Former Gov. Rick Perry running for president again

DALLAS, TX (KTRK) -- It was a speech rife with symbolism and focused on foreign policy. Rick Perry: Presidential candidate 2.0.

"There is no person on earth more optimistic than a dryland cotton farmer," Perry said in reference to his young life as a West Texas farmer. "We always know that a good rain is just around the corner."

With war heroes flanking him to either side, and a C-130 similar to the one he flew in the Air Force, Perry talked about American exceptionalism, leading in the world again.

"I know that America has experienced great change, but what it means to be an American has never changed," he said, battling against the stifling heat inside a packed airplane hangar. "The fundamental nature of this country is our people never stay knocked down. We get back
up, we dust ourselves off, and we move forward. And, you know what, we will do it again."

Perry faces a crowded Republican field -- including Senators Ted Cruz, Rand Paul, Lindsay Graham, and Marco Rubio. Texas' longest-serving governor took at swipe at them -- when talking about true leadership. "Leadership is not a speech on the Senate floor," he said. "It's not what you say, it's what you have done."

The speech ran thick with a patriotic message. It was no better exemplified than those sharing the stage with the state's longest-serving governor. Among them, a medal of honor winner, a WWII veteran, the widow of the nation's most deadly sniper, and a cadre of war heroes, including the author of "Lone Survivor," former SEAL Marcus Luttrell.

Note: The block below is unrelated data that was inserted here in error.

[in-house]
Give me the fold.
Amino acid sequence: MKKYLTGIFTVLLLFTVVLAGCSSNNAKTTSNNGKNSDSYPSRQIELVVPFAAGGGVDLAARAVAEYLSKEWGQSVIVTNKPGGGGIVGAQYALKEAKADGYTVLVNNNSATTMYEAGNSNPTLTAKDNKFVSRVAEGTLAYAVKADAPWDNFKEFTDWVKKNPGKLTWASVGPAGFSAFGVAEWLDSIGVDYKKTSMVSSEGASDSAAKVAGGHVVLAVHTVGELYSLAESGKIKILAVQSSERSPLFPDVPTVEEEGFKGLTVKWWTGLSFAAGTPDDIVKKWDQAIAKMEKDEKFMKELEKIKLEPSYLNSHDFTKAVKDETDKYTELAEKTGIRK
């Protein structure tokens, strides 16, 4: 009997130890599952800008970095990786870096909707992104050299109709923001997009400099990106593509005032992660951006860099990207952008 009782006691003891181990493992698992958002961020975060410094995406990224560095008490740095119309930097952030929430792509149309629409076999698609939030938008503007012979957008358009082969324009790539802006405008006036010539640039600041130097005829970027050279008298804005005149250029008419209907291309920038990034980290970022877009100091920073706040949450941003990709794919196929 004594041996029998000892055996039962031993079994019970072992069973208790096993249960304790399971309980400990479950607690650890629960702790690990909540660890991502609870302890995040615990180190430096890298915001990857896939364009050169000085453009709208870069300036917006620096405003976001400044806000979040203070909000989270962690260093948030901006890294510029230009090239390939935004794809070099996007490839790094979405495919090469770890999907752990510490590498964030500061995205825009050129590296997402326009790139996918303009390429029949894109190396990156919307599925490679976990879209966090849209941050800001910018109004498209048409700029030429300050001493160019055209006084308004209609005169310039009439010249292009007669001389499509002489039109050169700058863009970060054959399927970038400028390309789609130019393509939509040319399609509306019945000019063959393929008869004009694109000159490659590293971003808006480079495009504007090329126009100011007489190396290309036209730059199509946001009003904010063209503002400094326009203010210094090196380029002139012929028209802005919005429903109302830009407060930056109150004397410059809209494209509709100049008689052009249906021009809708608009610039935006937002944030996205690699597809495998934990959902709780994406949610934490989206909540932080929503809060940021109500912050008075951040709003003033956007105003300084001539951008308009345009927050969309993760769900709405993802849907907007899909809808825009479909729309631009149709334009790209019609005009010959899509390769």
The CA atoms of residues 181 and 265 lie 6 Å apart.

"I come out to these events and talk about the integrity and the honor and the commitment of the man, kind of the fiber of the man," Luttrell told Eyewitness News. He said the Perry family is like a second family him. "Because I've been around him and been in situations that
didn't have to do with politics."

But Perry also faces challenges outside of the ring. He was indicted last year and is two felony counts of abusing power while Governor.

He says the charges are politically motivated, but they are an obstacle with which he'll have to contend. And he will need to convince voters in early primary states he is not the same candidate they soundly rejected in the 2012 race that saw him drop out the day before the South Carolina Primary.

His first event is in Iowa on Friday, followed by a trip to New Hampshire on Sunday, and a visit to South Carolina on Monday.
Copyright © 2019 KTRK-TV. All Rights Reserved.